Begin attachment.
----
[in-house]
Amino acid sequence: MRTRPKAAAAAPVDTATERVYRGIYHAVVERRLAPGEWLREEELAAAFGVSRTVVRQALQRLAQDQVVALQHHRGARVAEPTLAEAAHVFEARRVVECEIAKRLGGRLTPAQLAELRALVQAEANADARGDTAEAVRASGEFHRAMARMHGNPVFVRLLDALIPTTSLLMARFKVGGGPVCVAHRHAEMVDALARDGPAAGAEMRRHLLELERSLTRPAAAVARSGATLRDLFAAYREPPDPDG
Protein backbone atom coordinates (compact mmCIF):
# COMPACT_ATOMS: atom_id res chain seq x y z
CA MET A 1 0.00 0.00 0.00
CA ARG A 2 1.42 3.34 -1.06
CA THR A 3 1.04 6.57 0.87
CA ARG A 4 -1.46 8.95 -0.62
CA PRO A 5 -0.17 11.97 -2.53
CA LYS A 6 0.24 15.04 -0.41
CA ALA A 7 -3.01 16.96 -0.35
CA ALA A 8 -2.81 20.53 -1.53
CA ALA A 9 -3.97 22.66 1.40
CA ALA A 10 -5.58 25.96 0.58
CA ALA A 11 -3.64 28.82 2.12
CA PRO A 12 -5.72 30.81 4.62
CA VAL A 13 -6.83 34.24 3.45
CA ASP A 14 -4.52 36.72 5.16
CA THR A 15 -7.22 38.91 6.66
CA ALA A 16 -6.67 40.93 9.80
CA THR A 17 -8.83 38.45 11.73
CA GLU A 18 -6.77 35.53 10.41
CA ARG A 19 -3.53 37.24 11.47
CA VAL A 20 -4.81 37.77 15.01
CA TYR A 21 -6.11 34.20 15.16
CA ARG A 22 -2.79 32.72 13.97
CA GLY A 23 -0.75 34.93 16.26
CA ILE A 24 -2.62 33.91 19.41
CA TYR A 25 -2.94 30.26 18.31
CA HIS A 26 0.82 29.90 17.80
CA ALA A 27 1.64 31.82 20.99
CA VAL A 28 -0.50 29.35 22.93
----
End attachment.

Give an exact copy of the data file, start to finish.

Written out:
[in-house]
Amino acid sequence: MRTRPKAAAAAPVDTATERVYRGIYHAVVERRLAPGEWLREEELAAAFGVSRTVVRQALQRLAQDQVVALQHHRGARVAEPTLAEAAHVFEARRVVECEIAKRLGGRLTPAQLAELRALVQAEANADARGDTAEAVRASGEFHRAMARMHGNPVFVRLLDALIPTTSLLMARFKVGGGPVCVAHRHAEMVDALARDGPAAGAEMRRHLLELERSLTRPAAAVARSGATLRDLFAAYREPPDPDG
Protein backbone atom coordinates (compact mmCIF):
# COMPACT_ATOMS: atom_id res chain seq x y z
CA MET A 1 0.00 0.00 0.00
CA ARG A 2 1.42 3.34 -1.06
CA THR A 3 1.04 6.57 0.87
CA ARG A 4 -1.46 8.95 -0.62
CA PRO A 5 -0.17 11.97 -2.53
CA LYS A 6 0.24 15.04 -0.41
CA ALA A 7 -3.01 16.96 -0.35
CA ALA A 8 -2.81 20.53 -1.53
CA ALA A 9 -3.97 22.66 1.40
CA ALA A 10 -5.58 25.96 0.58
CA ALA A 11 -3.64 28.82 2.12
CA PRO A 12 -5.72 30.81 4.62
CA VAL A 13 -6.83 34.24 3.45
CA ASP A 14 -4.52 36.72 5.16
CA THR A 15 -7.22 38.91 6.66
CA ALA A 16 -6.67 40.93 9.80
CA THR A 17 -8.83 38.45 11.73
CA GLU A 18 -6.77 35.53 10.41
CA ARG A 19 -3.53 37.24 11.47
CA VAL A 20 -4.81 37.77 15.01
CA TYR A 21 -6.11 34.20 15.16
CA ARG A 22 -2.79 32.72 13.97
CA GLY A 23 -0.75 34.93 16.26
CA ILE A 24 -2.62 33.91 19.41
CA TYR A 25 -2.94 30.26 18.31
CA HIS A 26 0.82 29.90 17.80
CA ALA A 27 1.64 31.82 20.99
CA VAL A 28 -0.50 29.35 22.93